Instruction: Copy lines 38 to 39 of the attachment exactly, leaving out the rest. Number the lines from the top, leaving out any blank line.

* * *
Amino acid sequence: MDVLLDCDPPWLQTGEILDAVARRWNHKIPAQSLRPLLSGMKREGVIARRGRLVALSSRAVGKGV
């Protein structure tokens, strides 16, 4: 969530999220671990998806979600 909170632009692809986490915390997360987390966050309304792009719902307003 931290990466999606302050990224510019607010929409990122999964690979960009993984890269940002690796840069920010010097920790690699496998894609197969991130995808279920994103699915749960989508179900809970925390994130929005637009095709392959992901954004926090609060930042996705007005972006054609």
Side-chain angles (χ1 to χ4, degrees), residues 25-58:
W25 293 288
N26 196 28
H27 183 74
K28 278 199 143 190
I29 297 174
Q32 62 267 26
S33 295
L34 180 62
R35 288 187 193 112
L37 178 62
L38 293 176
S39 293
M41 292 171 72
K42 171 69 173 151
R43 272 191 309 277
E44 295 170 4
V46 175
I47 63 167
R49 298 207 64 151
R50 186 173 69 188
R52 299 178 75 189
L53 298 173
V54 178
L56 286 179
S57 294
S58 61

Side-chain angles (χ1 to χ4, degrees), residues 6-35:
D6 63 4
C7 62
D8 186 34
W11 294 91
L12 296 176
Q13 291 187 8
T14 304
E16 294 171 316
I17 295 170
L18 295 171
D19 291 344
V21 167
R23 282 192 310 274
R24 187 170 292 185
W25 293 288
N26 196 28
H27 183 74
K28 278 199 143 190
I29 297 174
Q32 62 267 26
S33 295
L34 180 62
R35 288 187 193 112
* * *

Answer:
E16 294 171 316
I17 295 170